Prepared by Cislo & Thomas LLP Attorney Mark D. Nielsen, Ph.D.
1. The Supreme Court unanimously ruled that the prohibition in the Lanham Act (the federal trademark law) against immoral or scandalous marks is an unconstitutional violation of the First Amendment. At issue was a trademark application for a clothing line, FUCT. The Trademark Office rejected the mark as immoral and/or scandalous. The rejection was upheld by reviewing courts, until now. Justice Kagan, writing for the Court, noted the statute made a distinction between registrable versus unregistrable marks based on viewpoint, which violates the First Amendment. Justice Alito, concurring, noted, “Viewpoint discrimination is poison to a free society.” This opinion tracks the Matal v. Tam opinion, which struck down a portion of the same statute as violative of the First Amendment over the trademark for “The Slants,” which was a 1980s band, the trademark for which was rejected as disparaging. Good to see the First Amendment getting some love at SCOTUS. Note: I am not advocating for raunchy or disparaging speech. But, if you believe in the First Amendment, as I do, we cannot pick and choose what passes muster. We must accept speech that we agree with as much as speech we disagree with; otherwise, the First Amendment will eventually die.
2. Last week, the United States Patent and Trademark Office (USPTO) enacted a final rule, effective as of August 3, 2019, that will require all non-U.S. trademark applicants to be represented at the USPTO by an attorney licensed to practice law in the U.S. While this may have been something that should have been done a long time ago, as many other countries have such an approach for foreign trademark applicants, it has become apparent that some non-U.S. applicants have been “filing inaccurate and possibly fraudulent submissions with the USPTO that do not comply with U.S. trademark law or the USPTO’s rules.” The takeaway on this is that any non-U.S. clients and companies seeking trademark protection in the U.S. now require U.S. counsel to represent them at the USPTO.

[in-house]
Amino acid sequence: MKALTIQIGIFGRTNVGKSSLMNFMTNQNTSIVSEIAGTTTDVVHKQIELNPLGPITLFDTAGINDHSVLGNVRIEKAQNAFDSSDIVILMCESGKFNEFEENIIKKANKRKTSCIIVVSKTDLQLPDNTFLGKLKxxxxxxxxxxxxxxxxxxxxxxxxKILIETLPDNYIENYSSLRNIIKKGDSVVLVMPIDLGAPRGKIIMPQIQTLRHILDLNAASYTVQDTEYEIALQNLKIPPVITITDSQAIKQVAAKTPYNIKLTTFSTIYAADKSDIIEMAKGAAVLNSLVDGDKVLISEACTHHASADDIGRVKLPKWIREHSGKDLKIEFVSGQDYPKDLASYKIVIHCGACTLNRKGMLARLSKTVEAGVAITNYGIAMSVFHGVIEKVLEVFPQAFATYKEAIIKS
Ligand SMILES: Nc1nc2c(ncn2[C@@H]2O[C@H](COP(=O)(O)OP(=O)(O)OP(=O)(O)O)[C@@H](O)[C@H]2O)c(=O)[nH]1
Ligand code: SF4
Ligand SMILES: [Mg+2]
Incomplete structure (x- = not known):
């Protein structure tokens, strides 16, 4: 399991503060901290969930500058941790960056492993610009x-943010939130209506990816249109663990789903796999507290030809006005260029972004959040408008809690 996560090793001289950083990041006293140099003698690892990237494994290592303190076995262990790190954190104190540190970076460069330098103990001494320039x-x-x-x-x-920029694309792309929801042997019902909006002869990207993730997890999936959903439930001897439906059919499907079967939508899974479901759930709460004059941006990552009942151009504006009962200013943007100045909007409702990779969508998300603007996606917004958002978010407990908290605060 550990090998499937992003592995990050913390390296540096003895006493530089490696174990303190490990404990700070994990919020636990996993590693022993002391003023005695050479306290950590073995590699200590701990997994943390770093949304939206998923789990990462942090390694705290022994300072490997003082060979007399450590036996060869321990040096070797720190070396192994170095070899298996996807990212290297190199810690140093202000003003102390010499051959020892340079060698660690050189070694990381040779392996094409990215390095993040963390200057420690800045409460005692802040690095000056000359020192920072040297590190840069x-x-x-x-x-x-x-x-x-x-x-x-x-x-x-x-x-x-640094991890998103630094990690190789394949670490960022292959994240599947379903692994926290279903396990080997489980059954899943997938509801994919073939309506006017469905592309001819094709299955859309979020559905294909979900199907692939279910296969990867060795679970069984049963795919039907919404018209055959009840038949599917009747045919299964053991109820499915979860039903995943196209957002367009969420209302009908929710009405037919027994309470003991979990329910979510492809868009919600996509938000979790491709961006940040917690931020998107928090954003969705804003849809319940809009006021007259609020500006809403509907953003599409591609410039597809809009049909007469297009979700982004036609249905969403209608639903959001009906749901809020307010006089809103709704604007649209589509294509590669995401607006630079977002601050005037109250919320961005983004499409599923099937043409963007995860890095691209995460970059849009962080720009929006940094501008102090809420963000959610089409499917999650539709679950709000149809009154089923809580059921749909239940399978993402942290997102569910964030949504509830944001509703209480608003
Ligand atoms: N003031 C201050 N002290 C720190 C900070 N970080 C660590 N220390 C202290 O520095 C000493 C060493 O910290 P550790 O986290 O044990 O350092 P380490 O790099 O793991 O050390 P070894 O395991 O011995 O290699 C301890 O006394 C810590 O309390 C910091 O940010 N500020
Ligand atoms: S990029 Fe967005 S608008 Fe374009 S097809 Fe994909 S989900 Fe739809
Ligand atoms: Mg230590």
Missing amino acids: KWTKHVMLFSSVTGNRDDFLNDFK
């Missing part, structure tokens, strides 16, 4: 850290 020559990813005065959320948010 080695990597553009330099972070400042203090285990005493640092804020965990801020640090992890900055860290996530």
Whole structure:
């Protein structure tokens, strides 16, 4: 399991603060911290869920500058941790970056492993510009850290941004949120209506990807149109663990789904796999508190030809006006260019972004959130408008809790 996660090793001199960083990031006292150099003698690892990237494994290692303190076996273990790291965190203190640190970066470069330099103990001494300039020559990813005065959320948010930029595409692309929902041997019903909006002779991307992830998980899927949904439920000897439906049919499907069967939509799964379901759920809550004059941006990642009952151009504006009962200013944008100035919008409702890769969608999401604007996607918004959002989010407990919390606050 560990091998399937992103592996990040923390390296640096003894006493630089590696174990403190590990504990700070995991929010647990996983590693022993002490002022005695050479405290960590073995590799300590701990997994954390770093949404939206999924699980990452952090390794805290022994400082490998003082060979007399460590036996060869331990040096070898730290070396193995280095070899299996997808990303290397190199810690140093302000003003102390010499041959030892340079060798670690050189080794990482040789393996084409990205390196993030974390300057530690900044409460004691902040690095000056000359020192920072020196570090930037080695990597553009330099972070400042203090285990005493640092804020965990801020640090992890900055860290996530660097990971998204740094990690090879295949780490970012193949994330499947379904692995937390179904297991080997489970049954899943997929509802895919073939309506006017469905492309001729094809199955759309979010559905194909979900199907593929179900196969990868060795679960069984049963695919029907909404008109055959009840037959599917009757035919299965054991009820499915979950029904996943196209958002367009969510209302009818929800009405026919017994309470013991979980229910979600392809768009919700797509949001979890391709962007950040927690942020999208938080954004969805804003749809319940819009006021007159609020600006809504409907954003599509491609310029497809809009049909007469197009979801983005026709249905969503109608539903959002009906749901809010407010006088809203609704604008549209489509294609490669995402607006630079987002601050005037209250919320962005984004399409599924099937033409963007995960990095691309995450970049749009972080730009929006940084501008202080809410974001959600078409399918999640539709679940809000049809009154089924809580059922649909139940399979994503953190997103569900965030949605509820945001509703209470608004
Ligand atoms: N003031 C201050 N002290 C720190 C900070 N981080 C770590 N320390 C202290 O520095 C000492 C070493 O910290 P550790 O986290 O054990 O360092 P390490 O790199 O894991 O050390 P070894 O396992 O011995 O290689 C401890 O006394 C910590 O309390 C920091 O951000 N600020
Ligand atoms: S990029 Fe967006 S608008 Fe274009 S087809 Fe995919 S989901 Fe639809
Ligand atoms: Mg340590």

3. A challenging area of patent law under 35 U.S.C. Section 101 and subject matter eligibility (i.e., the issue of whether patent claims district to medical diagnostic assays using materials from human subjects (e.g., DNA, proteins, other compounds) are patentable) continues to confound all involved. In a recent order, the judges of the United States Court of Appeals for the Federal Circuit, which hears appeals of all patent cases in the U.S., denied rehearing en banc regarding an earlier panel opinion of patent invalidity under 35 U.S.C. Section 101 of patent claims directed to diagnosing the neurological condition, myasthenia gravis, by detecting antibodies in a subject against a muscle-specific receptor protein. The invalidity opinion is here. The issue is that the Federal Circuit is bound by Supreme Court precedent in Mayo Collaborative Services v. Prometheus Laboratories, Inc., and the Supreme Court’s denial of certiorari in Ariosa Diagnostics, Inc. v. Sequenom, Inc., which raised similar issues to the present Athena case. Thus, the judges of the Federal Circuit that participated in the decision not to rehear the Athena case en banc concluded that they were bound by precedent, and that the eligibility law for diagnostic method patents needed to be changed by the Supreme Court and/or Congress. Takeaway: medical diagnostics are hugely important, and taking away the incentive to develop new diagnostic kits and assays by continuing to affirm the removal of their patent protection in significant part is potentially disastrous.